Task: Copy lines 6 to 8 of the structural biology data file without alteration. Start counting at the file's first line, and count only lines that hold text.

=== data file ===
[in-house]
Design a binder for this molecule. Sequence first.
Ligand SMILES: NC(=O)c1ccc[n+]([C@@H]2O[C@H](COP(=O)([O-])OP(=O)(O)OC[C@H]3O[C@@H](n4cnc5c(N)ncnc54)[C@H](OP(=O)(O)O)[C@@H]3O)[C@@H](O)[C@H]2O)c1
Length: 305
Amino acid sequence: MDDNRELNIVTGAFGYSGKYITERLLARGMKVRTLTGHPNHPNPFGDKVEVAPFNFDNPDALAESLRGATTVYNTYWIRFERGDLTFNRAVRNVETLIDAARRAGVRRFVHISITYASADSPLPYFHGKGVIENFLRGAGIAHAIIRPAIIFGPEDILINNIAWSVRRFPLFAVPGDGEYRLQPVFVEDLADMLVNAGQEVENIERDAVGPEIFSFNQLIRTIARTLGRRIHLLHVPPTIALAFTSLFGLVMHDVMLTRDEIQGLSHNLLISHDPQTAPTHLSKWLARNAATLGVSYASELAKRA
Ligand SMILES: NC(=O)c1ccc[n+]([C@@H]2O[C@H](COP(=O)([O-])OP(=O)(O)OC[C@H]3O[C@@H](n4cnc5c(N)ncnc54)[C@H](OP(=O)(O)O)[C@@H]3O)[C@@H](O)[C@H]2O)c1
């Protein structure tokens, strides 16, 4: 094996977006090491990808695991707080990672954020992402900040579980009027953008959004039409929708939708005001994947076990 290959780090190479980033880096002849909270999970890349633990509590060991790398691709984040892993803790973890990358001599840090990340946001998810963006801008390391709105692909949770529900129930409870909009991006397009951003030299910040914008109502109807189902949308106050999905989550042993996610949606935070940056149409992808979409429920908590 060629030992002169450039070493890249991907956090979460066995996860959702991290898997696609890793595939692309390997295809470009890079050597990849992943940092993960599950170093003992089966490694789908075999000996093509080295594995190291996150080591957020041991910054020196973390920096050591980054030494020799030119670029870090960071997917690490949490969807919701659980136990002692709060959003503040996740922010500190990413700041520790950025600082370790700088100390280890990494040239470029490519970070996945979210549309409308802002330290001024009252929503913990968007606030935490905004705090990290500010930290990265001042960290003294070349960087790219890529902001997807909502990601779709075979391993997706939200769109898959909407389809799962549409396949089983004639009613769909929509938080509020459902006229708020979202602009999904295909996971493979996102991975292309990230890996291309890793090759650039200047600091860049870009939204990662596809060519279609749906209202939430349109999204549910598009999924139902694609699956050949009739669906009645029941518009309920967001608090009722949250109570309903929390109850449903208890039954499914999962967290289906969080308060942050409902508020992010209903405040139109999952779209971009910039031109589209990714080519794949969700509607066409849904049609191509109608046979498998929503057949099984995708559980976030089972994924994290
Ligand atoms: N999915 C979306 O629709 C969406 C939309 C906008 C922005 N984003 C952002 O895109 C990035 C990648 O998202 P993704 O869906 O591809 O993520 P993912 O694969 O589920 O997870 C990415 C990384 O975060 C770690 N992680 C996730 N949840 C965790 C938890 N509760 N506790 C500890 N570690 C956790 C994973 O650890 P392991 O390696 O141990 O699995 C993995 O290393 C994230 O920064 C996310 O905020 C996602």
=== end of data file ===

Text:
Ligand SMILES: NC(=O)c1ccc[n+]([C@@H]2O[C@H](COP(=O)([O-])OP(=O)(O)OC[C@H]3O[C@@H](n4cnc5c(N)ncnc54)[C@H](OP(=O)(O)O)[C@@H]3O)[C@@H](O)[C@H]2O)c1
């Protein structure tokens, strides 16, 4: 094996977006090491990808695991707080990672954020992402900040579980009027953008959004039409929708939708005001994947076990 290959780090190479980033880096002849909270999970890349633990509590060991790398691709984040892993803790973890990358001599840090990340946001998810963006801008390391709105692909949770529900129930409870909009991006397009951003030299910040914008109502109807189902949308106050999905989550042993996610949606935070940056149409992808979409429920908590 060629030992002169450039070493890249991907956090979460066995996860959702991290898997696609890793595939692309390997295809470009890079050597990849992943940092993960599950170093003992089966490694789908075999000996093509080295594995190291996150080591957020041991910054020196973390920096050591980054030494020799030119670029870090960071997917690490949490969807919701659980136990002692709060959003503040996740922010500190990413700041520790950025600082370790700088100390280890990494040239470029490519970070996945979210549309409308802002330290001024009252929503913990968007606030935490905004705090990290500010930290990265001042960290003294070349960087790219890529902001997807909502990601779709075979391993997706939200769109898959909407389809799962549409396949089983004639009613769909929509938080509020459902006229708020979202602009999904295909996971493979996102991975292309990230890996291309890793090759650039200047600091860049870009939204990662596809060519279609749906209202939430349109999204549910598009999924139902694609699956050949009739669906009645029941518009309920967001608090009722949250109570309903929390109850449903208890039954499914999962967290289906969080308060942050409902508020992010209903405040139109999952779209971009910039031109589209990714080519794949969700509607066409849904049609191509109608046979498998929503057949099984995708559980976030089972994924994290
Ligand atoms: N999915 C979306 O629709 C969406 C939309 C906008 C922005 N984003 C952002 O895109 C990035 C990648 O998202 P993704 O869906 O591809 O993520 P993912 O694969 O589920 O997870 C990415 C990384 O975060 C770690 N992680 C996730 N949840 C965790 C938890 N509760 N506790 C500890 N570690 C956790 C994973 O650890 P392991 O390696 O141990 O699995 C993995 O290393 C994230 O920064 C996310 O905020 C996602």